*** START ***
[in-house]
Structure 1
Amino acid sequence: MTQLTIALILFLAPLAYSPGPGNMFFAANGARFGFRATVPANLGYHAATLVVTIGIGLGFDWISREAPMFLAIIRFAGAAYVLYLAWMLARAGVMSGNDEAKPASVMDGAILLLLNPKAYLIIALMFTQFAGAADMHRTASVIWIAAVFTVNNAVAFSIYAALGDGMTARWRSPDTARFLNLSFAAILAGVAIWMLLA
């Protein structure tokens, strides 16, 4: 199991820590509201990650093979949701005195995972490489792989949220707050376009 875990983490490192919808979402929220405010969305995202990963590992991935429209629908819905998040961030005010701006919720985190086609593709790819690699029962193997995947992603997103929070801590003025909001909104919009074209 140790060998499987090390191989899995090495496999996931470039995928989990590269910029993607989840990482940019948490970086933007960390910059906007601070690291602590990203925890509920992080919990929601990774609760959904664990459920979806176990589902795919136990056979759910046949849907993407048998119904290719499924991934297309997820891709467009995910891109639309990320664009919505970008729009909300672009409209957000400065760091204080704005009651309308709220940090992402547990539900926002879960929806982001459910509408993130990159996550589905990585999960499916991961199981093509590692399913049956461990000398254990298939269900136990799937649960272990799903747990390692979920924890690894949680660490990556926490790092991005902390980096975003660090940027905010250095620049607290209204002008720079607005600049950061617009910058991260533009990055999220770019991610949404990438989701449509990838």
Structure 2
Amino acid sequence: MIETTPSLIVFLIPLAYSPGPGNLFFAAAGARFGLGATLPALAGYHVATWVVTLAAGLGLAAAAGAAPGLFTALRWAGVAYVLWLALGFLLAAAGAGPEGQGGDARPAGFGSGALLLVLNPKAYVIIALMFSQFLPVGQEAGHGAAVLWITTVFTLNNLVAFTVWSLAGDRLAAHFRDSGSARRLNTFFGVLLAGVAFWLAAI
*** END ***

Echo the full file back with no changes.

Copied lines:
[in-house]
Structure 1
Amino acid sequence: MTQLTIALILFLAPLAYSPGPGNMFFAANGARFGFRATVPANLGYHAATLVVTIGIGLGFDWISREAPMFLAIIRFAGAAYVLYLAWMLARAGVMSGNDEAKPASVMDGAILLLLNPKAYLIIALMFTQFAGAADMHRTASVIWIAAVFTVNNAVAFSIYAALGDGMTARWRSPDTARFLNLSFAAILAGVAIWMLLA
């Protein structure tokens, strides 16, 4: 199991820590509201990650093979949701005195995972490489792989949220707050376009 875990983490490192919808979402929220405010969305995202990963590992991935429209629908819905998040961030005010701006919720985190086609593709790819690699029962193997995947992603997103929070801590003025909001909104919009074209 140790060998499987090390191989899995090495496999996931470039995928989990590269910029993607989840990482940019948490970086933007960390910059906007601070690291602590990203925890509920992080919990929601990774609760959904664990459920979806176990589902795919136990056979759910046949849907993407048998119904290719499924991934297309997820891709467009995910891109639309990320664009919505970008729009909300672009409209957000400065760091204080704005009651309308709220940090992402547990539900926002879960929806982001459910509408993130990159996550589905990585999960499916991961199981093509590692399913049956461990000398254990298939269900136990799937649960272990799903747990390692979920924890690894949680660490990556926490790092991005902390980096975003660090940027905010250095620049607290209204002008720079607005600049950061617009910058991260533009990055999220770019991610949404990438989701449509990838």
Structure 2
Amino acid sequence: MIETTPSLIVFLIPLAYSPGPGNLFFAAAGARFGLGATLPALAGYHVATWVVTLAAGLGLAAAAGAAPGLFTALRWAGVAYVLWLALGFLLAAAGAGPEGQGGDARPAGFGSGALLLVLNPKAYVIIALMFSQFLPVGQEAGHGAAVLWITTVFTLNNLVAFTVWSLAGDRLAAHFRDSGSARRLNTFFGVLLAGVAFWLAAI